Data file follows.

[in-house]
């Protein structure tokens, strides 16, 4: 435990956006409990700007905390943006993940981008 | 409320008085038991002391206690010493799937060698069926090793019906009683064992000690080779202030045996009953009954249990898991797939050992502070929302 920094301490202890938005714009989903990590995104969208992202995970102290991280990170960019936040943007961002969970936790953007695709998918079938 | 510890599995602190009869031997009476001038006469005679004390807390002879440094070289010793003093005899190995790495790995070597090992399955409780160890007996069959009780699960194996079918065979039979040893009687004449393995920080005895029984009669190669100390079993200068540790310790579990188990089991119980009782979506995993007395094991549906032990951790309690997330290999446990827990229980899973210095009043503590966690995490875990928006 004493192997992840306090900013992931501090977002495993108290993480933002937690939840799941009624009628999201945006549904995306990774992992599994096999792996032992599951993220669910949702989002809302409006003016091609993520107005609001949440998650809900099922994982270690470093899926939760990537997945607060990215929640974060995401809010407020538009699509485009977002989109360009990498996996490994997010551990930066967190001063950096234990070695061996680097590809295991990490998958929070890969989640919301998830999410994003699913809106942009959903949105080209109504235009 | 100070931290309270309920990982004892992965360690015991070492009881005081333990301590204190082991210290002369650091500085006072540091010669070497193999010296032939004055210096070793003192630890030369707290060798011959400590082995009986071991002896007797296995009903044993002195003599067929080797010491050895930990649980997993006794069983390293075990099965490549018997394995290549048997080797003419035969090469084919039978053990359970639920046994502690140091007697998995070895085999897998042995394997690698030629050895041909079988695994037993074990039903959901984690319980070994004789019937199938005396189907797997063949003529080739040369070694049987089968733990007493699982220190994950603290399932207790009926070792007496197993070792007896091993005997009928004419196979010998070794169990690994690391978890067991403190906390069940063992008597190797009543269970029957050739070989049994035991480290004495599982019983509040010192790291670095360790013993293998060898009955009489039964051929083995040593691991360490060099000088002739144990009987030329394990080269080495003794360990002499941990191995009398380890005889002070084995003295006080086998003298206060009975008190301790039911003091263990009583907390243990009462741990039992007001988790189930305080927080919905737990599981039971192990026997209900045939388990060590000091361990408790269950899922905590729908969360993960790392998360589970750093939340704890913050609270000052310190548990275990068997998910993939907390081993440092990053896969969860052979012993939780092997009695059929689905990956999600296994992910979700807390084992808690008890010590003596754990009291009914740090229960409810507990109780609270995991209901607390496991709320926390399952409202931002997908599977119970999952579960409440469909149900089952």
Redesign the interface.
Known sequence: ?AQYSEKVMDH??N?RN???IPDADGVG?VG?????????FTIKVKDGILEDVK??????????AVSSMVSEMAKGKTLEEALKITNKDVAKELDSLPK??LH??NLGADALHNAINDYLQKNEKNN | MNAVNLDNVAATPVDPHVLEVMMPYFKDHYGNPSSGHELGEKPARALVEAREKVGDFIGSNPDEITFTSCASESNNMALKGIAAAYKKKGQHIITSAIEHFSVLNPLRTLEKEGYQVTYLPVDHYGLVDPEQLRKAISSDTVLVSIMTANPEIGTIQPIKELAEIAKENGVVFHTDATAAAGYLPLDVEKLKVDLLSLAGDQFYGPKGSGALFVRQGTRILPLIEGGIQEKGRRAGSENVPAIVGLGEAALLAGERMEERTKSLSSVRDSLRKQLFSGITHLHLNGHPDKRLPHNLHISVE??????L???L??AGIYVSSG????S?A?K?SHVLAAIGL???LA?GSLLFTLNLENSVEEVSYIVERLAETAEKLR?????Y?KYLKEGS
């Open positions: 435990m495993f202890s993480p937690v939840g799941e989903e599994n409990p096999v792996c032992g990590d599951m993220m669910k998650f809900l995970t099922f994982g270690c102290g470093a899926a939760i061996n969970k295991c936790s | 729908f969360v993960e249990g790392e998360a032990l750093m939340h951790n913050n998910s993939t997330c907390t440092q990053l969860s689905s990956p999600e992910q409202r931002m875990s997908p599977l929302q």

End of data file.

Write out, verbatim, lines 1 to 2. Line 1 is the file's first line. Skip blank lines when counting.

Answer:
[in-house]
């Protein structure tokens, strides 16, 4: 435990956006409990700007905390943006993940981008 | 409320008085038991002391206690010493799937060698069926090793019906009683064992000690080779202030045996009953009954249990898991797939050992502070929302 920094301490202890938005714009989903990590995104969208992202995970102290991280990170960019936040943007961002969970936790953007695709998918079938 | 510890599995602190009869031997009476001038006469005679004390807390002879440094070289010793003093005899190995790495790995070597090992399955409780160890007996069959009780699960194996079918065979039979040893009687004449393995920080005895029984009669190669100390079993200068540790310790579990188990089991119980009782979506995993007395094991549906032990951790309690997330290999446990827990229980899973210095009043503590966690995490875990928006 004493192997992840306090900013992931501090977002495993108290993480933002937690939840799941009624009628999201945006549904995306990774992992599994096999792996032992599951993220669910949702989002809302409006003016091609993520107005609001949440998650809900099922994982270690470093899926939760990537997945607060990215929640974060995401809010407020538009699509485009977002989109360009990498996996490994997010551990930066967190001063950096234990070695061996680097590809295991990490998958929070890969989640919301998830999410994003699913809106942009959903949105080209109504235009 | 100070931290309270309920990982004892992965360690015991070492009881005081333990301590204190082991210290002369650091500085006072540091010669070497193999010296032939004055210096070793003192630890030369707290060798011959400590082995009986071991002896007797296995009903044993002195003599067929080797010491050895930990649980997993006794069983390293075990099965490549018997394995290549048997080797003419035969090469084919039978053990359970639920046994502690140091007697998995070895085999897998042995394997690698030629050895041909079988695994037993074990039903959901984690319980070994004789019937199938005396189907797997063949003529080739040369070694049987089968733990007493699982220190994950603290399932207790009926070792007496197993070792007896091993005997009928004419196979010998070794169990690994690391978890067991403190906390069940063992008597190797009543269970029957050739070989049994035991480290004495599982019983509040010192790291670095360790013993293998060898009955009489039964051929083995040593691991360490060099000088002739144990009987030329394990080269080495003794360990002499941990191995009398380890005889002070084995003295006080086998003298206060009975008190301790039911003091263990009583907390243990009462741990039992007001988790189930305080927080919905737990599981039971192990026997209900045939388990060590000091361990408790269950899922905590729908969360993960790392998360589970750093939340704890913050609270000052310190548990275990068997998910993939907390081993440092990053896969969860052979012993939780092997009695059929689905990956999600296994992910979700807390084992808690008890010590003596754990009291009914740090229960409810507990109780609270995991209901607390496991709320926390399952409202931002997908599977119970999952579960409440469909149900089952």